Title:
Semi-Submersible Offshore Structure
Kind Code:
A1


Abstract:
A semi-submersible offshore structure for offshore operations. In an embodiment, the structure comprises a buoyant hull. The hull comprises a first elongate horizontal pontoon having a longitudinal axis, a first end, and a second end. The pontoon includes a first node disposed at the first end of the pontoon, a second node disposed at the second end of the pontoon, and an intermediate section extending axially from the first node to the second node. Moreover, the first node has a width W1, the second node has a width W2, and the intermediate section has a width W3 measured perpendicular to the longitudinal axis in bottom view. The width W3 varies moving axially from the first node to the second node.



Inventors:
Tahar, Arcandra (Houston, TX, US)
Horton III, Edward E. (Houston, TX, US)
Application Number:
12/577811
Publication Date:
04/15/2010
Filing Date:
10/13/2009
Assignee:
HORTON DEEPWATER DEVELOPMENT SYSTEMS, INC. (Houston, TX, US)
Primary Class:
International Classes:
E02B17/00
View Patent Images:



Primary Examiner:
MAYO-PINNOCK, TARA LEIGH
Attorney, Agent or Firm:
CONLEY ROSE, P.C. (HOUSTON, TX, US)
Claims:
What is claimed is:

1. A semi-submersible offshore structure, comprising: an equipment deck disposed above the surface of the water; a buoyant hull coupled to the equipment deck and extending below the surface of the water; wherein the hull comprises: a first vertical column and a second vertical column, each column having an upper end proximal the deck and a lower end disposed subsea; a first elongate horizontal pontoon having a longitudinal axis, a first end, and a second end opposite the first end; wherein the pontoon includes a first node disposed at the first end of the pontoon and positioned below the lower end of the first column, a second node disposed at the second end of the pontoon and positioned below the lower end of the second column, and an intermediate section extending axially from the first node to the second node, wherein the first node has a width W1 measured perpendicular to the longitudinal axis in bottom view, the second node has a width W2 measured perpendicular to the longitudinal axis in bottom view, and the intermediate section has a width W3 measured perpendicular to the longitudinal axis in bottom view; wherein the width W3 varies moving axially from the first node to the second node.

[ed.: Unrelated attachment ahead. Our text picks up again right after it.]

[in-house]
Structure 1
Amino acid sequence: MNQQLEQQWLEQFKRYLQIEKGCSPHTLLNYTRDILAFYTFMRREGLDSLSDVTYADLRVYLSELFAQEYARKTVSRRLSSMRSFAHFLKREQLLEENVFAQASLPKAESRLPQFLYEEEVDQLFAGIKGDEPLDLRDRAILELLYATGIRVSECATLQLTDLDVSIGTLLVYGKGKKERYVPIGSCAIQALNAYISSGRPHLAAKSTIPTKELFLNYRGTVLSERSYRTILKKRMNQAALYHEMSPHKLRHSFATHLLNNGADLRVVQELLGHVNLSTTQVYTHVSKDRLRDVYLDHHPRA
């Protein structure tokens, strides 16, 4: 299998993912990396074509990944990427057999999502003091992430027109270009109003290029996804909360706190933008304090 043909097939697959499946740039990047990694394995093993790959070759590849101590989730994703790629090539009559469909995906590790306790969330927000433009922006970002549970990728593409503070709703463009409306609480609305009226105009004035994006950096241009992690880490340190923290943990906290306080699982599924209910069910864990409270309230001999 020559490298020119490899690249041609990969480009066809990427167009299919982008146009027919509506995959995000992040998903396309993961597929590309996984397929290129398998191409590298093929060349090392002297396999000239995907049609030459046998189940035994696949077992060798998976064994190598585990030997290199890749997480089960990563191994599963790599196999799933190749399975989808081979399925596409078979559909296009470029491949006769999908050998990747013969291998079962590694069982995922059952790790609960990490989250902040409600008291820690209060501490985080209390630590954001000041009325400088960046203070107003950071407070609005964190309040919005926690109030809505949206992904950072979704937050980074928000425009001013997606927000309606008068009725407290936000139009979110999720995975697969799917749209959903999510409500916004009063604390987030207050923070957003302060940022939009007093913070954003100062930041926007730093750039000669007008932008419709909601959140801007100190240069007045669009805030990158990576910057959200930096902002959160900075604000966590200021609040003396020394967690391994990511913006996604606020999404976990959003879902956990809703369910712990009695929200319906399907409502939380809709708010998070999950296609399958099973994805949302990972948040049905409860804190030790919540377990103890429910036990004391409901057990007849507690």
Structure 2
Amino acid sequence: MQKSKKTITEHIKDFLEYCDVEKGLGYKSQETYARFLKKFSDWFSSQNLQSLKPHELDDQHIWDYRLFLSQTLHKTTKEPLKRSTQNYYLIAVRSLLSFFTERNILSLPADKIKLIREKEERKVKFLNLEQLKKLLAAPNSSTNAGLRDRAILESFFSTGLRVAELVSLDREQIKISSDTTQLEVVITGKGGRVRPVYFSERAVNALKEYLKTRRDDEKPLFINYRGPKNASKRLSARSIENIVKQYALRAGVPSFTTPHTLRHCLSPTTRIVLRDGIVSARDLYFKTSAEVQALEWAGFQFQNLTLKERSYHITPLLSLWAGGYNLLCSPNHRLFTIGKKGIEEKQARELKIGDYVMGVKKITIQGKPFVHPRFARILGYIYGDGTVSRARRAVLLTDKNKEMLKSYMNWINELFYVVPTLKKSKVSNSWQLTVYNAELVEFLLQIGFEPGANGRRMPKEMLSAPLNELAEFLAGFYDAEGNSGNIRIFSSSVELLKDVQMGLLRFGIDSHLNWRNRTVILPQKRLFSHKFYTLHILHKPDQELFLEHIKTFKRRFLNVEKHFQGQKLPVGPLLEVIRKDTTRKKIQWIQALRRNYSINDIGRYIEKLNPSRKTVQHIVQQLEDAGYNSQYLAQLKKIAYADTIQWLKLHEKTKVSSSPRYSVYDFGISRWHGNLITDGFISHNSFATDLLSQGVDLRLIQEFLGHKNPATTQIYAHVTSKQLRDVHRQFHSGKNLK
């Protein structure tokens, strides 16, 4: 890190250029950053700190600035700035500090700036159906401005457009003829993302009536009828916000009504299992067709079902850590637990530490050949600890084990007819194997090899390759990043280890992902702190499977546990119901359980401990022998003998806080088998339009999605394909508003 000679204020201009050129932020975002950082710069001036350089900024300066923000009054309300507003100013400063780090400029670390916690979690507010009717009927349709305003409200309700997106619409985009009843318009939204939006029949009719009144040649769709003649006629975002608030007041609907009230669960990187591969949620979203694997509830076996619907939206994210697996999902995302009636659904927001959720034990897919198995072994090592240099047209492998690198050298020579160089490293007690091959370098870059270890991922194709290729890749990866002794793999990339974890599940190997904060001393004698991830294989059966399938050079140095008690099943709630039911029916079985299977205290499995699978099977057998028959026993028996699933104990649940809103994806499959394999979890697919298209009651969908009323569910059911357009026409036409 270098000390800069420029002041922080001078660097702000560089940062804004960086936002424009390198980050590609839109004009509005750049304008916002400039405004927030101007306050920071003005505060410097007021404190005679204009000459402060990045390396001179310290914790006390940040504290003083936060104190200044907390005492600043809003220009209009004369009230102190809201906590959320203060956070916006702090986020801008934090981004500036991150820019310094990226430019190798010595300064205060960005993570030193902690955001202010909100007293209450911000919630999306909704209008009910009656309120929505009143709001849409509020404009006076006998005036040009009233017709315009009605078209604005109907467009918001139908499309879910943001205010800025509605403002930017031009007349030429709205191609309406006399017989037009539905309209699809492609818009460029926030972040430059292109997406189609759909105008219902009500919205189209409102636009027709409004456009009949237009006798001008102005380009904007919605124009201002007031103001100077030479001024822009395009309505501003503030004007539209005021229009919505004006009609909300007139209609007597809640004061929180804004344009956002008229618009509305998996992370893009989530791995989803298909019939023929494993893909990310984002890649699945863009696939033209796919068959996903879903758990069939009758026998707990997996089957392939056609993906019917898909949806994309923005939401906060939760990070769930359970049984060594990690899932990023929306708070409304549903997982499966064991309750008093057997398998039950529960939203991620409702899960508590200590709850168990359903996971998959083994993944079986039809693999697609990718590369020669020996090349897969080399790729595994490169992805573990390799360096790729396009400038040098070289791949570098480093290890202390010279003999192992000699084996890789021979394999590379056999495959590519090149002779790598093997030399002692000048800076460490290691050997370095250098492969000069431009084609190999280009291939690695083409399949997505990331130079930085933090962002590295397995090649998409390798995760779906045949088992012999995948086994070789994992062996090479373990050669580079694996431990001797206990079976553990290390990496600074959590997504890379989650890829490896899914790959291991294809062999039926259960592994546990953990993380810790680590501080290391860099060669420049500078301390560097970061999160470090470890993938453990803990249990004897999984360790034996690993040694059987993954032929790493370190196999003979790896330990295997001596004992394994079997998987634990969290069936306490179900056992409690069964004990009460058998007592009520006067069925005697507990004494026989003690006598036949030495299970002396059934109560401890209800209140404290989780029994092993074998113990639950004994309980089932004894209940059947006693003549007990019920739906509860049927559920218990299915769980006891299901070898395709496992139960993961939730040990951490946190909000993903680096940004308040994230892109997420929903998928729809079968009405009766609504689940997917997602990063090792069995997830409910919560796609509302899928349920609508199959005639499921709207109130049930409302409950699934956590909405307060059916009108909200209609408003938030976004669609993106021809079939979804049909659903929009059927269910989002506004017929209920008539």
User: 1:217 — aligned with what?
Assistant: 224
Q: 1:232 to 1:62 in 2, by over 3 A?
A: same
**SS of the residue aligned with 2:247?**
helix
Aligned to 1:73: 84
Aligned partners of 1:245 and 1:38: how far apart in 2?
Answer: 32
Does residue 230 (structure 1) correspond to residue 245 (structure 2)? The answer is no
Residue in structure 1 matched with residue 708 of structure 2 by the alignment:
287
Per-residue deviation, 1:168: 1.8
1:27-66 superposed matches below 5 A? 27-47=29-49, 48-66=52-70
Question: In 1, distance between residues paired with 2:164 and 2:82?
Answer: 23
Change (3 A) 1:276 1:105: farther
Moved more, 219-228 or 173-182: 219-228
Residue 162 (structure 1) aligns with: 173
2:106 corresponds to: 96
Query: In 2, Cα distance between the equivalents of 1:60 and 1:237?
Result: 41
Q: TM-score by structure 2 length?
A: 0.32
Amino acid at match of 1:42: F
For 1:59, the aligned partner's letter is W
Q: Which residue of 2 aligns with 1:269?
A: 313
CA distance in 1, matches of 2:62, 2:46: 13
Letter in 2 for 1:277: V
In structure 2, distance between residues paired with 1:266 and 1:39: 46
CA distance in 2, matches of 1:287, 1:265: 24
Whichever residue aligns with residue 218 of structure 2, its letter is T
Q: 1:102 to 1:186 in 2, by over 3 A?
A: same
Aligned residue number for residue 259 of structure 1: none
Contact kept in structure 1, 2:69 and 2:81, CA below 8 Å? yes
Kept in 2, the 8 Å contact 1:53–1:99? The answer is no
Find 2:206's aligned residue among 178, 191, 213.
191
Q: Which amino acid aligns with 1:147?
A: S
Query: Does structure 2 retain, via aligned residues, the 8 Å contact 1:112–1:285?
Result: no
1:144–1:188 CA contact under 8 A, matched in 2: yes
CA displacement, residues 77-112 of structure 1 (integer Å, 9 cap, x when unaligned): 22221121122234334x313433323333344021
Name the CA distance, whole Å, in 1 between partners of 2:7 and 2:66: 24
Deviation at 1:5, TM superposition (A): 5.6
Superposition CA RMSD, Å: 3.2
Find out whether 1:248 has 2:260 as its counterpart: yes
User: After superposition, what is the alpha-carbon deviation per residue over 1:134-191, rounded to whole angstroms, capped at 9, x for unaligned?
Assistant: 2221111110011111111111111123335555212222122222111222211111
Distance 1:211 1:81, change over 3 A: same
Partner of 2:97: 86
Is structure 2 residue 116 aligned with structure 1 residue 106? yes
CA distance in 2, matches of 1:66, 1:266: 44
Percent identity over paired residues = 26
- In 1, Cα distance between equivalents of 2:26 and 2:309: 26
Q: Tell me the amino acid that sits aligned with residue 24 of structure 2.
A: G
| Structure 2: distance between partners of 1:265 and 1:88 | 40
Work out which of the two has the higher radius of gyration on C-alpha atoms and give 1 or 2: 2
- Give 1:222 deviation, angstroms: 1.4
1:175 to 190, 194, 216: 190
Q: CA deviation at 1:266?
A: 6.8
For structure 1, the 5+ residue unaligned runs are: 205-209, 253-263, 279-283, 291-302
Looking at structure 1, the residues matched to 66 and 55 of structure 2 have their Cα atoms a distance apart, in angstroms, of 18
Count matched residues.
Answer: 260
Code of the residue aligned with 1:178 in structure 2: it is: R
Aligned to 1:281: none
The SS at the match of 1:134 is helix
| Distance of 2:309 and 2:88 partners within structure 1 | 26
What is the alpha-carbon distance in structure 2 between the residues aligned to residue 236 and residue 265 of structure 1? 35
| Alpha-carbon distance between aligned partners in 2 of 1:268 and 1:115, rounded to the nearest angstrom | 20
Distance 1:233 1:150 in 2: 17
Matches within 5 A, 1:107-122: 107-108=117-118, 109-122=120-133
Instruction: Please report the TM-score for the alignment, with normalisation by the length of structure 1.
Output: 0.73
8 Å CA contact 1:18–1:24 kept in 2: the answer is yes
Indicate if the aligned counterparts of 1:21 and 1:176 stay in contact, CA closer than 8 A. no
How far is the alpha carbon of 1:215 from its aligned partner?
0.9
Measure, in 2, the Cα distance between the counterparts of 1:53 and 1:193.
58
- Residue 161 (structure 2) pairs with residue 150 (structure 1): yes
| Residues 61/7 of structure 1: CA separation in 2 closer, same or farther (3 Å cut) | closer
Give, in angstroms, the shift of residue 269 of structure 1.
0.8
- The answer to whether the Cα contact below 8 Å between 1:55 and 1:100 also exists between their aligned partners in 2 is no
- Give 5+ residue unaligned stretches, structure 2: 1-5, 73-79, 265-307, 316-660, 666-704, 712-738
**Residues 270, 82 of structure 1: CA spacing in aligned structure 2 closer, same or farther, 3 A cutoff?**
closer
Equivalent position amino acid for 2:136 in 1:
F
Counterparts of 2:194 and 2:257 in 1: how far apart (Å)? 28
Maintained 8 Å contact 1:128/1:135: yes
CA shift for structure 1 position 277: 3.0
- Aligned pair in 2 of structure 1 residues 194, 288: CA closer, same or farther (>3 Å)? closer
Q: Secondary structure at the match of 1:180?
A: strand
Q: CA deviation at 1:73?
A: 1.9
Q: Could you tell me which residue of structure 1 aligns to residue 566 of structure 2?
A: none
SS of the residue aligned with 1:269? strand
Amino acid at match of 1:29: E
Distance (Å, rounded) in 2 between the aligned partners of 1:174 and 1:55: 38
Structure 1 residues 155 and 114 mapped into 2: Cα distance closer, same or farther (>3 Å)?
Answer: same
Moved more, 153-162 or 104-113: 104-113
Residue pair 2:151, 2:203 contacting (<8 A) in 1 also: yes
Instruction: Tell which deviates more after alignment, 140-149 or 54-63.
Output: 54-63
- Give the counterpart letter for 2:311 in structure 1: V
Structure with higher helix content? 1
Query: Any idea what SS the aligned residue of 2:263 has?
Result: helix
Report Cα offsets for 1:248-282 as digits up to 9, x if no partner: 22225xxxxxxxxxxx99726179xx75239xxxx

2. The structure of claim 1, wherein the width W1 is constant moving axially from the first end to the intermediate section, and wherein width W2 is constant moving axially from the second end to the intermediate section.

3. The structure of claim 1, wherein the intermediate section includes a first transition portion, a second transition portion, and a middle portion extending axially from the first transition portion to the second transition portion; wherein the first transition portion extends axially from the first node to the middle portion, and the second transition portion extends axially from the second node to the middle portion; and wherein the width W3 of the intermediate section decreases in the first transition portion moving axially from the first node to the middle portion, and the width W3 of the intermediate section decreases in the second transition portion moving axially from the second node to the middle portion.

4. The structure of claim 3, wherein the width W3 of the intermediate section is constant in the middle portion moving axially from the first transition portion to the second transition portion.

5. The structure of claim 3, wherein the width W3 is a minimum in the middle portion.

6. The structure of claim 1, wherein the pontoon has a minimum width Wmin measured perpendicular to the longitudinal axis of the pontoon in bottom view, and the lower end of the first column has a width Wcolumn measured perpendicular to the longitudinal axis of the pontoon in bottom view; and wherein the ratio of the width Wmin to the width Wcolumn is less than 1.0.

7. The structure of claim 1, wherein the ratio of the width Wmin to the width Wcolumn is between 0.65 and 0.75.